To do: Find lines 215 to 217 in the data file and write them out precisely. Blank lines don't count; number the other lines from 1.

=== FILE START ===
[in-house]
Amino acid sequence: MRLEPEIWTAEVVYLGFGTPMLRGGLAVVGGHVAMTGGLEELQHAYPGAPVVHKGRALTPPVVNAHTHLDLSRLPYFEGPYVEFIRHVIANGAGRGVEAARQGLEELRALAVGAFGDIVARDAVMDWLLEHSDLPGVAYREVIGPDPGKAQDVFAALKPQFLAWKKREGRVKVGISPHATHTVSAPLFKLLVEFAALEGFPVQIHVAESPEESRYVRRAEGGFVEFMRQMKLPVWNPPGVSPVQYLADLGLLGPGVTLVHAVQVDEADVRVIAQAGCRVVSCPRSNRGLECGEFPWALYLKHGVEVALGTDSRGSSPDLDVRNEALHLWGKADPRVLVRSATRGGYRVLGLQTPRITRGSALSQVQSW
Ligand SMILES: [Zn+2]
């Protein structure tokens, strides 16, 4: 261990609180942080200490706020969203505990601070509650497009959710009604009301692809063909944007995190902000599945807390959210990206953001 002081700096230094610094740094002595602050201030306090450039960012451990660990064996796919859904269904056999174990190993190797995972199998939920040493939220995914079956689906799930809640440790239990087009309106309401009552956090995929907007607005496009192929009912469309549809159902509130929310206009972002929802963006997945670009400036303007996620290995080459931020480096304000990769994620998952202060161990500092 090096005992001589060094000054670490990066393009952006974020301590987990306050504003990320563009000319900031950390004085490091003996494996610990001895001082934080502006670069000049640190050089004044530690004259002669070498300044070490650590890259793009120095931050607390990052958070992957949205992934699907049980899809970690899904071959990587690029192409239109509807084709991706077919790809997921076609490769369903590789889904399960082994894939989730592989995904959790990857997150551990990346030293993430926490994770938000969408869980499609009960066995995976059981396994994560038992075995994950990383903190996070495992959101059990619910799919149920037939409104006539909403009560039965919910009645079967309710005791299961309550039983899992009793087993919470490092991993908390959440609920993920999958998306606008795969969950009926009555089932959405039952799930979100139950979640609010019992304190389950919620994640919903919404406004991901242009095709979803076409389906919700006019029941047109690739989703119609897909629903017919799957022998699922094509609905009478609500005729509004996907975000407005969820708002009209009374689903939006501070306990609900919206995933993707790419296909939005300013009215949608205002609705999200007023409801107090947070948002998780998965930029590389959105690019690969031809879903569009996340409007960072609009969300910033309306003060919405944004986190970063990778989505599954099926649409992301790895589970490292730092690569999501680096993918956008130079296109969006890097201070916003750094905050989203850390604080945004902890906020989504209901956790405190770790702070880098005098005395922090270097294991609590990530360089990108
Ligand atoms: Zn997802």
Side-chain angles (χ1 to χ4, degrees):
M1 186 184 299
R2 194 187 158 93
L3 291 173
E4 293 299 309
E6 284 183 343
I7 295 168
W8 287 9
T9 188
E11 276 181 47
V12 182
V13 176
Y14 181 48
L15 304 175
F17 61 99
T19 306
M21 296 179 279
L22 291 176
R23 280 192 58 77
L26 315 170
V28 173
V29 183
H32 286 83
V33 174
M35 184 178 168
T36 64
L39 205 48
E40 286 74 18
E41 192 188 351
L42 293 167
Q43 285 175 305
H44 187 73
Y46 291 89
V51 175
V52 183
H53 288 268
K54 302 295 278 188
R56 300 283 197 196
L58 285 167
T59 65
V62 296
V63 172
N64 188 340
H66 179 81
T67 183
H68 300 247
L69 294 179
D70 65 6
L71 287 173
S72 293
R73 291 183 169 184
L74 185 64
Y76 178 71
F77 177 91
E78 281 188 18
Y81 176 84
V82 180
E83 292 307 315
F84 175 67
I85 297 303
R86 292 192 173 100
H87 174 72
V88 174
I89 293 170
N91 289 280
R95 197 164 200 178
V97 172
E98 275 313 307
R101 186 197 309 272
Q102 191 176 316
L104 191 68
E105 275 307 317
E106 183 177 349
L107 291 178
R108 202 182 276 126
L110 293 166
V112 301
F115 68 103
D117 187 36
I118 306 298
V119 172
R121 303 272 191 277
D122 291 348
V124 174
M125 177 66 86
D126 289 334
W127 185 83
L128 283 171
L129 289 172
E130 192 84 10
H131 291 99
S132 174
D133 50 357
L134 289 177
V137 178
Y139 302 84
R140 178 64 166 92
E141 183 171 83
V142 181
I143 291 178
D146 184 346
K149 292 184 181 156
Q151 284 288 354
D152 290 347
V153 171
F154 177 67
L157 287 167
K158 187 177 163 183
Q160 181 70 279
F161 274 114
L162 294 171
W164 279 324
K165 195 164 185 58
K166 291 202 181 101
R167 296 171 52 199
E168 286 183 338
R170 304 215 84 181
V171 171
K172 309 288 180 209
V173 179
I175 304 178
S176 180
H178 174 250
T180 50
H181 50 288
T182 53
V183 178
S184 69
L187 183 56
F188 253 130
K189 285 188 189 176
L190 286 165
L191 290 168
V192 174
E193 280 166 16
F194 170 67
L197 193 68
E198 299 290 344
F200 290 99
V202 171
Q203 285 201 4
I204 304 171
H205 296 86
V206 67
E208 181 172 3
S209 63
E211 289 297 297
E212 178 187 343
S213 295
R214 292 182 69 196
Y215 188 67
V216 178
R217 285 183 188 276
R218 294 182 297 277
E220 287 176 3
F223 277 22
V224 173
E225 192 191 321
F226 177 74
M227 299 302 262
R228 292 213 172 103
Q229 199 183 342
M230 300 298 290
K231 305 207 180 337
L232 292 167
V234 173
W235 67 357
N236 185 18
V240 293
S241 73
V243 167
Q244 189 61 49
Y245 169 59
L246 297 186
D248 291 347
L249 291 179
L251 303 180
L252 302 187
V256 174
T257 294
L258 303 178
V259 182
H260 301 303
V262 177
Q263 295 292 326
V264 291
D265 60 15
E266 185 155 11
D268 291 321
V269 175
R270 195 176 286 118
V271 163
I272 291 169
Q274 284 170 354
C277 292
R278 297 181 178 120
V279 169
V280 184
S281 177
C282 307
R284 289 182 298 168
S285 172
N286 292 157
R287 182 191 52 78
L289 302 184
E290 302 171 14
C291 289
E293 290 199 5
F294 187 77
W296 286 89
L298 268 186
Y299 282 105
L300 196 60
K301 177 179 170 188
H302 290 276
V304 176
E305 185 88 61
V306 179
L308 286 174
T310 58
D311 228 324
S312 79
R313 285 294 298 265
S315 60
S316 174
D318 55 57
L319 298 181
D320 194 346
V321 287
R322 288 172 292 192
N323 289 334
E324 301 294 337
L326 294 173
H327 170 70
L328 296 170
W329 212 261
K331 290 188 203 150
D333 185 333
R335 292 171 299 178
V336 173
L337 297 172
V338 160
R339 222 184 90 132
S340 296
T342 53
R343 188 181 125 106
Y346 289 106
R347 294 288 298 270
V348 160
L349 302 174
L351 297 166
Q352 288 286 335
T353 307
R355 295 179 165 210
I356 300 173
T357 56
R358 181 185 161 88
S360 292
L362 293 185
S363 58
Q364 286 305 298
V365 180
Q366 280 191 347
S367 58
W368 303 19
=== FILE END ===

W296 286 89
L298 268 186
Y299 282 105